Frauenschuh, A., Power, C. A., Deruaz, M., Ferreira, B. R., Silva, J. S., Teixeira, M. M., et al. (2007). Molecular cloning and characterization of a highly selective chemokine-binding protein from the tick Rhipicephalus sanguineus. J. Biol. Chem. 282, 27250–27258. doi: 10.1074/jbc.m704706200
Fredslund, F., Laursen, N. S., Roversi, P., Jenner, L., Oliveira, C. L., Pedersen, J. S., et al. (2008). Structure of and influence of a tick complement inhibitor on human complement component 5. Nat. Immunol. 9, 753–760. doi: 10.1038/ni.1625
Garcia, G. R., Gardinassi, L. G., Ribeiro, J. M. C., Anatriello, E., Ferreira, B. R., Moreira, H. N. S., et al. (2014). The sialotranscriptome of Amblyomma triste, Amblyomma parvum and Amblyomma cajennense ticks, uncovered by 454-based RNA-seq. Parasit. Vectors 7:430. doi: 10.1186/1756-3305-7-430
Garg, R., Juncadella, I. J., Ramamoorthi, N., Ashish, Ananthanarayanan, S. K., Thomas, V., et al. (2014). Cutting edge: CD4 is the receptor for the tick saliva immunosuppressor, Salp15. J. Immunol. 177, 6579–6583. doi: 10.4049/jimmunol.177.10.6579
Gradowski do Nascimento, T., Santos Vieira, P., Campos Cogo, S., Ferreira Dias-Netipanyj, M., de França, F., Dias Câmara, D. A., et al. (2019). Antitumoral effects of Amblyomma sculptum berlese saliva in neuroblastoma cell lines involve cytoskeletal deconstruction and cell cycle arrest. Braz. J. Vet. Parasitol. 28, 126–133. doi: 10.1590/S1984-296120180098
Hajnická, V., Kocáková, P., Sláviková, M., Slovák, M., Gašperík, J., Fuchsberger, N., et al. (2001). Anti-interleukin-8 activity of tick salivary gland extracts. Parasite Immunol. 23, 483–489. doi: 10.1046/j.1365-3024.2001.00403.x
Hajnicka, V., Vancova, I., Kocakova, P., Slovak, M., Gasperik, J., Slavikova, M., et al. (2005). Manipulation of host cytokine network by ticks: a potential gateway for pathogen transmission. Parasitology 130, 333–342. doi: 10.1017/s0031182004006535
Hajnicka, V., Vancova-Stibraniova, I., Slovak, M., Kocakova, P., and Nuttall, P. A. (2011). Ixodid tick salivary gland products target host wound healing growth factors. Int. J. Parasitol. 41, 213–223. doi: 10.1016/j.ijpara.2010.09.005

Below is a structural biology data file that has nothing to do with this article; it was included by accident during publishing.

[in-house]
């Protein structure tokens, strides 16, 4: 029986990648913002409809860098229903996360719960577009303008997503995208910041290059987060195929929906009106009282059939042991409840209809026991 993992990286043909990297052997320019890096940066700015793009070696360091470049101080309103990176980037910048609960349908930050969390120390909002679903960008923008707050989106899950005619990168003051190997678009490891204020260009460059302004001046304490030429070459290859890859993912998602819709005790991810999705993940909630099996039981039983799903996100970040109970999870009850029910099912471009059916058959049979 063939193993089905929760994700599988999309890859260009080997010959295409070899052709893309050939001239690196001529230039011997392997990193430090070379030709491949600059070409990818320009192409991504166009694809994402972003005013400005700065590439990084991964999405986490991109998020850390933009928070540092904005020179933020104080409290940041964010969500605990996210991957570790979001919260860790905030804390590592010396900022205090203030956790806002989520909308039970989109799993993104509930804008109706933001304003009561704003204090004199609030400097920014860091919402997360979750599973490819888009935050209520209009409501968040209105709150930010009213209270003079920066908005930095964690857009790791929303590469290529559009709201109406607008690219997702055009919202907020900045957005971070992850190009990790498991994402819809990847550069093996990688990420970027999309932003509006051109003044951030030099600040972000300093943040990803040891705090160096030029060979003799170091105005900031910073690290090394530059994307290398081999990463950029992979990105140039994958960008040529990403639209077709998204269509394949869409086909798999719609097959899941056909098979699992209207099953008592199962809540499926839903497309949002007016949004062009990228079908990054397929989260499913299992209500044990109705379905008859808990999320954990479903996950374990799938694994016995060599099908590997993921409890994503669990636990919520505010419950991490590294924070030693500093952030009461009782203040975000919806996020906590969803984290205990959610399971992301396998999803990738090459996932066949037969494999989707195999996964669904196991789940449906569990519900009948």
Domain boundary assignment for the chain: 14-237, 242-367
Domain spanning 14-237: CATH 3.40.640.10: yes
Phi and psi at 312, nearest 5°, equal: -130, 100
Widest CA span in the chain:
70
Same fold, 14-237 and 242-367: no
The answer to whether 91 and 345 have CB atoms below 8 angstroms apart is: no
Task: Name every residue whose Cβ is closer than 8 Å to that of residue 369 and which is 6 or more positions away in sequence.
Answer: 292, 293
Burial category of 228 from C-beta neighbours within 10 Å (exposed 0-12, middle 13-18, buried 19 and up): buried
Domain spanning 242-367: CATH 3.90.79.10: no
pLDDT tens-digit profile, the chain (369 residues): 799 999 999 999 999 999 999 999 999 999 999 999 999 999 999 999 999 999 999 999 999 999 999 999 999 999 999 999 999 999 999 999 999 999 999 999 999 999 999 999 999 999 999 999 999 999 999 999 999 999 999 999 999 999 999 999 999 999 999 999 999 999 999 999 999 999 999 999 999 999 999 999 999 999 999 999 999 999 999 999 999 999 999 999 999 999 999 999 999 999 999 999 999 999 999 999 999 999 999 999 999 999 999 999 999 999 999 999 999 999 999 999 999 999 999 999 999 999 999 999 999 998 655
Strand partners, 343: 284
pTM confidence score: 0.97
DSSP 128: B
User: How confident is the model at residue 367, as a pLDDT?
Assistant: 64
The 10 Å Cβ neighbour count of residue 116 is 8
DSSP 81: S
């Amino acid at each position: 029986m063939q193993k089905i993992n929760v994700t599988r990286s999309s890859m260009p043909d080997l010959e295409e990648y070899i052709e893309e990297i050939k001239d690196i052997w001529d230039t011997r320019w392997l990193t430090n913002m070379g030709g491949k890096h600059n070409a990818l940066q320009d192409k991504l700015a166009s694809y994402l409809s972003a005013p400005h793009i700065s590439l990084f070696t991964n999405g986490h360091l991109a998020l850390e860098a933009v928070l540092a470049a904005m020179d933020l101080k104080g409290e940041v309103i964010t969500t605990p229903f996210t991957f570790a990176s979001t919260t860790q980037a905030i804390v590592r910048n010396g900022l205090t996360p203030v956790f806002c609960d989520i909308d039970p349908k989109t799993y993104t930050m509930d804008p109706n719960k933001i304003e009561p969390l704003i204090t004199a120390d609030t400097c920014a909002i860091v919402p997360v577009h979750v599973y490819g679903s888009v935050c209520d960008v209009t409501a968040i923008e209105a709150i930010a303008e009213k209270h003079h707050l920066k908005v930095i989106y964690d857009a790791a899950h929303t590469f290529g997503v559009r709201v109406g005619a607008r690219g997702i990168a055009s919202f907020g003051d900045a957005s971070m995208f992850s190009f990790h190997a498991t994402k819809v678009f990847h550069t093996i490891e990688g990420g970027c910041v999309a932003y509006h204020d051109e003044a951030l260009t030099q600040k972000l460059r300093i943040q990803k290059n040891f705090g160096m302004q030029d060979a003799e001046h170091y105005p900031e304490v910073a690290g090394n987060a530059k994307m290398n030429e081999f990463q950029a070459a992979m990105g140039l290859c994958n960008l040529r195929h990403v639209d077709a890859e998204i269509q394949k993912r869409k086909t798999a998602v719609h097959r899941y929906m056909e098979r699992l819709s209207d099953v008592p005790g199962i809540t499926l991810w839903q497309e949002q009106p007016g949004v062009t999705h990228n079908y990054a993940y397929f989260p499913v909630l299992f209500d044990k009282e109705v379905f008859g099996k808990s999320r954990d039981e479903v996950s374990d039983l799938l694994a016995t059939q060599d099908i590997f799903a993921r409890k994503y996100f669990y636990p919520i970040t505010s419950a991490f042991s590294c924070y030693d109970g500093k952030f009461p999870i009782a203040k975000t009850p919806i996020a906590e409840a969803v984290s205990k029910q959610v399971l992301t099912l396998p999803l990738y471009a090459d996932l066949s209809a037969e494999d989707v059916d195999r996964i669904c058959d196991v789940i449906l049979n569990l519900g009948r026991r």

Hashemzadeh, M., Furukawa, M., Goldsberry, S., and Movahed, M. R. (2008). Chemical structures and mode of action of intravenous glycoprotein IIb/IIIa receptor blockers: a review. Exp. Clin. Cardiol. 13, 192–197.
Hayward, J., Sanchez, J., Perry, A., Huang, C., Rodriguez Valle, M., Canals, M., et al. (2017). Ticks from diverse genera encode chemokine-inhibitory evasin proteins. J. Biol. Chem. 292, 15670–15680. doi: 10.1074/jbc.M117.807255
Hepburn, N. J., Williams, A. S., Nunn, M. A., Chamberlain-Banoub, J. C., Hamer, J., Morgan, B. P., et al. (2007). In Vivo characterization and therapeutic efficacy of a C5-specific inhibitor from the soft tick Ornithodoros moubata. J. Biol. Chem. 282, 8292–8299. doi: 10.1074/jbc.m609858200
Holíková, V., Štibrániová, I., Bartíková, P., Slovák, M., and Kazimírová, M. (2018). Ixodid tick salivary gland extracts suppress human transforming growth factor-β1 triggered signalling pathways in cervical carcinoma cells. Biologia 73, 1109–1122. doi: 10.2478/s11756-018-0129-z
Horka, H., Staudt, V., Klein, M., Taube, C., Reuter, S., Dehzad, N., et al. (2012). The tick salivary protein sialostatin L inhibits the Th9-derived production of the asthma-promoting cytokine IL-9 and is effective in the prevention of experimental asthma. J. Immunol. 188, 2669–2676. doi: 10.4049/jimmunol.1100529
Hourcade, D. E., Akk, A. M., Mitchell, L. M., Zhou, H. F., Hauhart, R., and Pham, C. T. (2016). Anti-complement activity of the Ixodes scapularis salivary protein Salp20. Mol. Immunol. 69, 62–69. doi: 10.1016/j.molimm.2015.11.008
Iqbal, A., Goldfeder, M. B., Marques-Porto, R., Asif, H., de Souza, J. G., Faria, F., et al. (2017). Revisiting antithrombotic therapeutics; sculptin, a novel specific, competitive, reversible, scissile and tight binding inhibitor of thrombin. Sci. Rep. 7:1431. doi: 10.1038/s41598-017-01486-w
Islam, M. K., Tsuji, N., Miyoshi, T., Alim, M. A., Huang, X., Hatta, T., et al. (2009). The Kunitz-like modulatory protein haemangin is vital for hard tick blood-feeding success. PLoS Pathog. 5:e1000497. doi: 10.1371/journal.ppat.1000497
Iwanaga, S., Okada, M., Isawa, H., Morita, A., Yuda, M., and Chinzei, Y. (2003). Identification and characterization of novel salivary thrombin inhibitors from the ixodidae tick, Haemaphysalis longicornis. Eur. J. Biochem. 270, 1926–1934. doi: 10.1046/j.1432-1033.2003.03560.x
Iyer, J. K., Koh, C. Y., Kazimirova, M., Roller, L., Jobichen, C., Swaminathan, K., et al. (2017). Avathrin: a novel thrombin inhibitor derived from a multicopy precursor in the salivary glands of the ixodid tick, Amblyomma variegatum. FASEB J. 31, 2981–2995. doi: 10.1096/fj.201601216R